FOR THE CURIOUS CELLIST

Neck Region: Doublestops In One Position: “Cossmann” Exercises

These are the ultimate exercises for developing strength and accurate finger placement (intonation) but at the same time they are tricky “tongue twisters” which also develop, in a very concentrated and efficient way the skills of finger cooordination and independence. We have several different levels of progressive preparatory exercises to build up slowly to these.

In these ultimate original “Cossmann” exercises (invented by the cellist Bernhard Cossmann) we use two fingers on each string. This gives us six possible finger combinations which are shown in the following table in approximate order of difficulty:

COSSMANN DOUBLETRILL” FINGER COMBINATIONS

FINGERS ON HIGHER STRING

3 4

2 4

1 2

1 4

2 3

1 3

FINGERS ON LOWER STRING

1 2

1 3

3 4

3 2

1 4

2 4

 

Here below is an example of the rhythms that we can apply to all these different combinations:

short cossmann example

For each of these six finger combinations there are eight possible variants, according to the order in which we place the fingers. In the above example we can see two of those variants. This gives us a total of 48 exercises which can seem intimidating, but if we work through them slowly and gradually, they are extremely useful. And each variant takes less than 30 seconds to play, so even if we played them all, one after another, it would only take 24 minutes (but would probably give us a lifelong tendinitis!).

To avoid injury we must be careful however not to overdo them – these are intense, strenuous exercises. This is strong medicine, to be taken only in small doses, and we should be aware that some of them are so awkward as to be almost if not totally impossible and probably not worth battling with (see Excs 6). Some combinations sound very ugly and are also not worth bothering with so the above table is given for the sake of completeness and not because we need to religiously practice every combination.

As a general rule, we can always keep the lower fingers in contact with the string. The lower fingers are played simply by removing the higher finger. They don’t need to be articulated but they needn’t be pressed down hard into the string when not in use either. They should be as relaxed as possible and just gently touching the string when the higher finger is playing.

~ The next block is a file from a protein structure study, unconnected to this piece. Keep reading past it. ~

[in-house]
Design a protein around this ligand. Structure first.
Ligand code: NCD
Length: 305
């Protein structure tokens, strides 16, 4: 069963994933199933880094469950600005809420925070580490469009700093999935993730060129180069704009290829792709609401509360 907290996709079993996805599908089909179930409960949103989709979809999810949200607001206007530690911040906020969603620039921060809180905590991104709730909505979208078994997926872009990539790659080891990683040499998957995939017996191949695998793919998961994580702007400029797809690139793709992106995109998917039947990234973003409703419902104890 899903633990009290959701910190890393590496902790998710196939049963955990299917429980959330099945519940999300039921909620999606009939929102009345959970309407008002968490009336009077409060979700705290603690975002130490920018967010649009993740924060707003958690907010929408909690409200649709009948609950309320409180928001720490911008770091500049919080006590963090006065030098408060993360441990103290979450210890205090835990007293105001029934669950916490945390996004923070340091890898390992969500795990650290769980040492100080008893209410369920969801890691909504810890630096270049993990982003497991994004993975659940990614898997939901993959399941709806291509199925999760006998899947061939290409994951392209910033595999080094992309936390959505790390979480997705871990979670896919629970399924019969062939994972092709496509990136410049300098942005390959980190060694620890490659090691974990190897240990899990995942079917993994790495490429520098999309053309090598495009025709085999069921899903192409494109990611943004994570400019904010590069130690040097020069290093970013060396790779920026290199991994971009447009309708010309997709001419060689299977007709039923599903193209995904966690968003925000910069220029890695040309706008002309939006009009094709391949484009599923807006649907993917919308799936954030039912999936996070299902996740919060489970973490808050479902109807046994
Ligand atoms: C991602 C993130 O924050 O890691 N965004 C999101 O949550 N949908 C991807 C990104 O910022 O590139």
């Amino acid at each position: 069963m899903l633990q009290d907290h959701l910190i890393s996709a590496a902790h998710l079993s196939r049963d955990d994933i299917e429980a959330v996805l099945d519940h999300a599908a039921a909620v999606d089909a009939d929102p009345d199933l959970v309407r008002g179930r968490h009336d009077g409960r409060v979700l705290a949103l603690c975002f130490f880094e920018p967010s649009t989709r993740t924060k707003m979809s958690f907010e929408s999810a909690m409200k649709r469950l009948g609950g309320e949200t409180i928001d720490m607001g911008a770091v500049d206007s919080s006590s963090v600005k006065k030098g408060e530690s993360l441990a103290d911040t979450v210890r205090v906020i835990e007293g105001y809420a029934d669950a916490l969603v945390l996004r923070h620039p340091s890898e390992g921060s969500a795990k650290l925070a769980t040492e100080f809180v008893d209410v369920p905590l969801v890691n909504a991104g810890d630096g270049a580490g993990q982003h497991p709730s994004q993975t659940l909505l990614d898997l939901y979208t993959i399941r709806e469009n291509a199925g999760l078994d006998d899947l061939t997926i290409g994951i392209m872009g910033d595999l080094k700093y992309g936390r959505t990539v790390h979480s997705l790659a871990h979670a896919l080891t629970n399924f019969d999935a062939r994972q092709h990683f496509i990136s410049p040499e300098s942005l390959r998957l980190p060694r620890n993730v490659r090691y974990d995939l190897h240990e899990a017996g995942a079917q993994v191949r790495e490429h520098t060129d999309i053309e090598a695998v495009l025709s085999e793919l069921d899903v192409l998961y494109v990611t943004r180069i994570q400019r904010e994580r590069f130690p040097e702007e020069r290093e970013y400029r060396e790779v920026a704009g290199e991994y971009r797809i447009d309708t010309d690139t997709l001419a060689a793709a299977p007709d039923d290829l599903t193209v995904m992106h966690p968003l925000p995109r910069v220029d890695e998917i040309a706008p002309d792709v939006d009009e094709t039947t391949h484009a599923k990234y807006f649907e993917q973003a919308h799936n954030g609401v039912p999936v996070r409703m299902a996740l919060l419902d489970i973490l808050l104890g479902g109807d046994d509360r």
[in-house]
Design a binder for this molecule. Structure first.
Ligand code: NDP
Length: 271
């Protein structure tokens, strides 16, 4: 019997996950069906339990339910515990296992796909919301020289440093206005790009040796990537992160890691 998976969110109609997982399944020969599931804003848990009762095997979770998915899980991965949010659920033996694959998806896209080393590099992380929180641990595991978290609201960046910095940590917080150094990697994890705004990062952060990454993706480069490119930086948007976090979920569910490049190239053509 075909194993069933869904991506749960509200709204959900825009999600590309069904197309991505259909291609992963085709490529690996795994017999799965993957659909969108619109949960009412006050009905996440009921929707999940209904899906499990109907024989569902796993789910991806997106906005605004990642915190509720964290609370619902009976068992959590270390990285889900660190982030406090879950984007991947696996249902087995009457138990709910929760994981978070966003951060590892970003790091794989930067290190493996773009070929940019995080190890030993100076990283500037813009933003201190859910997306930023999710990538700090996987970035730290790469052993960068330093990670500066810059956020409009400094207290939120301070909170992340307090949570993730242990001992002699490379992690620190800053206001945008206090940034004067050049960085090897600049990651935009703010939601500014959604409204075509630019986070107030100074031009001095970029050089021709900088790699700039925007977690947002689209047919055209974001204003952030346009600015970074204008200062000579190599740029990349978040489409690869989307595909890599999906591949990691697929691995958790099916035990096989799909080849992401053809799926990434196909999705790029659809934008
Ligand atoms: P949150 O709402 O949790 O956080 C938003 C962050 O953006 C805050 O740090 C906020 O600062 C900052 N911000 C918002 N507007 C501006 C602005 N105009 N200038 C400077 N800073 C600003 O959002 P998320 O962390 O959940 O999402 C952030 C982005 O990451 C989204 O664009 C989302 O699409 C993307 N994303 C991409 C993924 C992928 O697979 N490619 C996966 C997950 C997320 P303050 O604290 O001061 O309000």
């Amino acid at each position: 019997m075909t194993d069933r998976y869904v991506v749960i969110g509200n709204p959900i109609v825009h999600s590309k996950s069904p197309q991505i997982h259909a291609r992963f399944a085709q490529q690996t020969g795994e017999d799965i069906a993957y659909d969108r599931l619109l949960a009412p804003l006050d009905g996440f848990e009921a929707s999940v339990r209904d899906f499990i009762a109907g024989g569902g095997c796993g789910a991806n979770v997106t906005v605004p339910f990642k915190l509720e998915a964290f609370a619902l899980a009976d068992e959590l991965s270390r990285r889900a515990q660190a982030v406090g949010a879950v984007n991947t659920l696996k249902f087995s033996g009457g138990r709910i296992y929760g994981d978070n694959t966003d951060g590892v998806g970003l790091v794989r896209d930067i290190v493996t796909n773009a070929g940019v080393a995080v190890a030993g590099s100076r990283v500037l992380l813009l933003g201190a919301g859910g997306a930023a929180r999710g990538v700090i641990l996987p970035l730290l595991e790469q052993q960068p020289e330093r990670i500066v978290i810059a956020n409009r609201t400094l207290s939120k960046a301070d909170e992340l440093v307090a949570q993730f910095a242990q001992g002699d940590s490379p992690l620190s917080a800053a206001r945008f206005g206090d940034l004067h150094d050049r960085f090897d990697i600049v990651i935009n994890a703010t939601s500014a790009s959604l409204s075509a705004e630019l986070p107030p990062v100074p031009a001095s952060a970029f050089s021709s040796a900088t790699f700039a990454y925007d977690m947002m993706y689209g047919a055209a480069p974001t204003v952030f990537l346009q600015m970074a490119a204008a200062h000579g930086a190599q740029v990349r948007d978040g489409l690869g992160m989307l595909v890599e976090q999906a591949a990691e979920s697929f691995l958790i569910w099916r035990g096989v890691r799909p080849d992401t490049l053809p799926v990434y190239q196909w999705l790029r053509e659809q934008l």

Let the thumb “float” freely behind the cello neck. Don’t press it on the neck of the cello – the fingers should use the weight of the arm to stop the strings.

These exercises can be played on other pairs of strings and in any of the different positions of the Neck and Lower Intermediate Region. In fact, for the coordination aspect we can practice these horrible little things anywhere, even without a cello – on our leg, chest, arm or on a table !!

They can also be done in the extended position (using the flattened first finger [1b]). The extended versions should definitely be left to last, as they are so much more strenuous for the hand. There is no real need to write the exercises out again with the extension: we can just play them as written here, but using always the extended-back first finger instead of the “normal-position” first finger. They are however written out on this site on the “Extensions in Neck Position” page.

Here then, in seven pages, are the complete “Cossmann Doublestopped Exercises” in printable, downloadable format along with the instruction guide.

“Cossmann” Doubletrill Exercises in Neck Position